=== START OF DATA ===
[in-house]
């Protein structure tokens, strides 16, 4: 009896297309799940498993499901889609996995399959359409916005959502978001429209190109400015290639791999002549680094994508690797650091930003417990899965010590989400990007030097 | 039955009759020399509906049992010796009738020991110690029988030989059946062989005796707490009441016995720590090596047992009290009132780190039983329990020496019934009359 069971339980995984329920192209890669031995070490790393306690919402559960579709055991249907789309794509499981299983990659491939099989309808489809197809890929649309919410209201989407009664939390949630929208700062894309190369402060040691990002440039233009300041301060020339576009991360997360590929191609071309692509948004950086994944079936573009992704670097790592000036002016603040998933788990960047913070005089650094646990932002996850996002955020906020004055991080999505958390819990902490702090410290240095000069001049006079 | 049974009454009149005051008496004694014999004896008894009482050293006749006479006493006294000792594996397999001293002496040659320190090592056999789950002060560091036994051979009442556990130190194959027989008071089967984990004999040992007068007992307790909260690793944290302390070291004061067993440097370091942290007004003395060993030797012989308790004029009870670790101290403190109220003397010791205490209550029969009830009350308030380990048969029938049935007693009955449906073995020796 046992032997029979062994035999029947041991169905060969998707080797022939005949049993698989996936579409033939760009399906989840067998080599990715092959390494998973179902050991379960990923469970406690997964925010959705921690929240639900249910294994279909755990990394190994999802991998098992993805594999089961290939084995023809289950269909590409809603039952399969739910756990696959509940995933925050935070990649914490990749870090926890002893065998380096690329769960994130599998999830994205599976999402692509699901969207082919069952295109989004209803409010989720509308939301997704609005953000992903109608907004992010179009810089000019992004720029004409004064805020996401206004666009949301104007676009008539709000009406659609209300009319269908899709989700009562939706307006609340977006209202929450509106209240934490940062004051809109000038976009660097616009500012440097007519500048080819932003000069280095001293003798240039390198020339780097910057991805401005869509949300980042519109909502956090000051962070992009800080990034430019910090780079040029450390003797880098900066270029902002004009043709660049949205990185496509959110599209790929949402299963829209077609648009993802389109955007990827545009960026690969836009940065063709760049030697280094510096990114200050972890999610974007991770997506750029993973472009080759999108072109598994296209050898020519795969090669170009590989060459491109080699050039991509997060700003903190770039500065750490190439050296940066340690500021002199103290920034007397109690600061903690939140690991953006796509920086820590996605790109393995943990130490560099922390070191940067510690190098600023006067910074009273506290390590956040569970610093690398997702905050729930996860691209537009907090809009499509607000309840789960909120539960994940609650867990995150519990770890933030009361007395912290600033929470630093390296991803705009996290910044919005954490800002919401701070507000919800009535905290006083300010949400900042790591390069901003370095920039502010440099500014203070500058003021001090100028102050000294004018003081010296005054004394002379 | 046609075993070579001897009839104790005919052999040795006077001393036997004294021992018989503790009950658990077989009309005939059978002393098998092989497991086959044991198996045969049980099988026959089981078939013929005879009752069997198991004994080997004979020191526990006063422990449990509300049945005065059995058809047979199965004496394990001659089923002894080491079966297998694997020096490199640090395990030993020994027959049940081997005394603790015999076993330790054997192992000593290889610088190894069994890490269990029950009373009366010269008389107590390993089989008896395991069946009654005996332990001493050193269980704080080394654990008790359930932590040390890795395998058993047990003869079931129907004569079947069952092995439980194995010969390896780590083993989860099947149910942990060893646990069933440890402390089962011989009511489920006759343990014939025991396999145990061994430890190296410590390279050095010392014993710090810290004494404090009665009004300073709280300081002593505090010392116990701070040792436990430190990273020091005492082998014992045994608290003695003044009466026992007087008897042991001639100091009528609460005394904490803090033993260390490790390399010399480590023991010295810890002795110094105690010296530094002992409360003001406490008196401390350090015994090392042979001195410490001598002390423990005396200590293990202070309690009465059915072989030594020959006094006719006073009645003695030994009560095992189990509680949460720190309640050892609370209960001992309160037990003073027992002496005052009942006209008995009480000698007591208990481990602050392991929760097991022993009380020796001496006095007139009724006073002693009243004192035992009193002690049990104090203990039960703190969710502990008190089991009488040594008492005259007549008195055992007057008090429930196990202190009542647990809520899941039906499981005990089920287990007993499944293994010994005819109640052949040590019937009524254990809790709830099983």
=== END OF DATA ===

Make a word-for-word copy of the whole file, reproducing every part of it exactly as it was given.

[in-house]
């Protein structure tokens, strides 16, 4: 009896297309799940498993499901889609996995399959359409916005959502978001429209190109400015290639791999002549680094994508690797650091930003417990899965010590989400990007030097 | 039955009759020399509906049992010796009738020991110690029988030989059946062989005796707490009441016995720590090596047992009290009132780190039983329990020496019934009359 069971339980995984329920192209890669031995070490790393306690919402559960579709055991249907789309794509499981299983990659491939099989309808489809197809890929649309919410209201989407009664939390949630929208700062894309190369402060040691990002440039233009300041301060020339576009991360997360590929191609071309692509948004950086994944079936573009992704670097790592000036002016603040998933788990960047913070005089650094646990932002996850996002955020906020004055991080999505958390819990902490702090410290240095000069001049006079 | 049974009454009149005051008496004694014999004896008894009482050293006749006479006493006294000792594996397999001293002496040659320190090592056999789950002060560091036994051979009442556990130190194959027989008071089967984990004999040992007068007992307790909260690793944290302390070291004061067993440097370091942290007004003395060993030797012989308790004029009870670790101290403190109220003397010791205490209550029969009830009350308030380990048969029938049935007693009955449906073995020796 046992032997029979062994035999029947041991169905060969998707080797022939005949049993698989996936579409033939760009399906989840067998080599990715092959390494998973179902050991379960990923469970406690997964925010959705921690929240639900249910294994279909755990990394190994999802991998098992993805594999089961290939084995023809289950269909590409809603039952399969739910756990696959509940995933925050935070990649914490990749870090926890002893065998380096690329769960994130599998999830994205599976999402692509699901969207082919069952295109989004209803409010989720509308939301997704609005953000992903109608907004992010179009810089000019992004720029004409004064805020996401206004666009949301104007676009008539709000009406659609209300009319269908899709989700009562939706307006609340977006209202929450509106209240934490940062004051809109000038976009660097616009500012440097007519500048080819932003000069280095001293003798240039390198020339780097910057991805401005869509949300980042519109909502956090000051962070992009800080990034430019910090780079040029450390003797880098900066270029902002004009043709660049949205990185496509959110599209790929949402299963829209077609648009993802389109955007990827545009960026690969836009940065063709760049030697280094510096990114200050972890999610974007991770997506750029993973472009080759999108072109598994296209050898020519795969090669170009590989060459491109080699050039991509997060700003903190770039500065750490190439050296940066340690500021002199103290920034007397109690600061903690939140690991953006796509920086820590996605790109393995943990130490560099922390070191940067510690190098600023006067910074009273506290390590956040569970610093690398997702905050729930996860691209537009907090809009499509607000309840789960909120539960994940609650867990995150519990770890933030009361007395912290600033929470630093390296991803705009996290910044919005954490800002919401701070507000919800009535905290006083300010949400900042790591390069901003370095920039502010440099500014203070500058003021001090100028102050000294004018003081010296005054004394002379 | 046609075993070579001897009839104790005919052999040795006077001393036997004294021992018989503790009950658990077989009309005939059978002393098998092989497991086959044991198996045969049980099988026959089981078939013929005879009752069997198991004994080997004979020191526990006063422990449990509300049945005065059995058809047979199965004496394990001659089923002894080491079966297998694997020096490199640090395990030993020994027959049940081997005394603790015999076993330790054997192992000593290889610088190894069994890490269990029950009373009366010269008389107590390993089989008896395991069946009654005996332990001493050193269980704080080394654990008790359930932590040390890795395998058993047990003869079931129907004569079947069952092995439980194995010969390896780590083993989860099947149910942990060893646990069933440890402390089962011989009511489920006759343990014939025991396999145990061994430890190296410590390279050095010392014993710090810290004494404090009665009004300073709280300081002593505090010392116990701070040792436990430190990273020091005492082998014992045994608290003695003044009466026992007087008897042991001639100091009528609460005394904490803090033993260390490790390399010399480590023991010295810890002795110094105690010296530094002992409360003001406490008196401390350090015994090392042979001195410490001598002390423990005396200590293990202070309690009465059915072989030594020959006094006719006073009645003695030994009560095992189990509680949460720190309640050892609370209960001992309160037990003073027992002496005052009942006209008995009480000698007591208990481990602050392991929760097991022993009380020796001496006095007139009724006073002693009243004192035992009193002690049990104090203990039960703190969710502990008190089991009488040594008492005259007549008195055992007057008090429930196990202190009542647990809520899941039906499981005990089920287990007993499944293994010994005819109640052949040590019937009524254990809790709830099983």